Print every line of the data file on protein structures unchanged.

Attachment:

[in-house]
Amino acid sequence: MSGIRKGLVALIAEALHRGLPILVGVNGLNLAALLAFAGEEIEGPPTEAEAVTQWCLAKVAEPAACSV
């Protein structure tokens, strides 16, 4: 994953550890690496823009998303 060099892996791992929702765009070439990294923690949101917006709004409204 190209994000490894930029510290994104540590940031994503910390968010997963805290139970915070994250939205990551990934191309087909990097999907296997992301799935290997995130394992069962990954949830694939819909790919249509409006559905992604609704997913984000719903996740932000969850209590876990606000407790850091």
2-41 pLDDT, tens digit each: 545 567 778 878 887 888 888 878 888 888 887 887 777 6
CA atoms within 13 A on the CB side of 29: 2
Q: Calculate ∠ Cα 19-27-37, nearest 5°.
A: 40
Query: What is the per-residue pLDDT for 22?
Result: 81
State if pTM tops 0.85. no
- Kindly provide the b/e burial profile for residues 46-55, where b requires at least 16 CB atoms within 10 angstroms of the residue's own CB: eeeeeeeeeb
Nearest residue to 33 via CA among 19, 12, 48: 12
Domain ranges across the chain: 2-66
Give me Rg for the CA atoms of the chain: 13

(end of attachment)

[in-house]
Amino acid sequence: MSGIRKGLVALIAEALHRGLPILVGVNGLNLAALLAFAGEEIEGPPTEAEAVTQWCLAKVAEPAACSV
């Protein structure tokens, strides 16, 4: 994953550890690496823009998303 060099892996791992929702765009070439990294923690949101917006709004409204 190209994000490894930029510290994104540590940031994503910390968010997963805290139970915070994250939205990551990934191309087909990097999907296997992301799935290997995130394992069962990954949830694939819909790919249509409006559905992604609704997913984000719903996740932000969850209590876990606000407790850091």
2-41 pLDDT, tens digit each: 545 567 778 878 887 888 888 878 888 888 887 887 777 6
CA atoms within 13 A on the CB side of 29: 2
Q: Calculate ∠ Cα 19-27-37, nearest 5°.
A: 40
Query: What is the per-residue pLDDT for 22?
Result: 81
State if pTM tops 0.85. no
- Kindly provide the b/e burial profile for residues 46-55, where b requires at least 16 CB atoms within 10 angstroms of the residue's own CB: eeeeeeeeeb
Nearest residue to 33 via CA among 19, 12, 48: 12
Domain ranges across the chain: 2-66
Give me Rg for the CA atoms of the chain: 13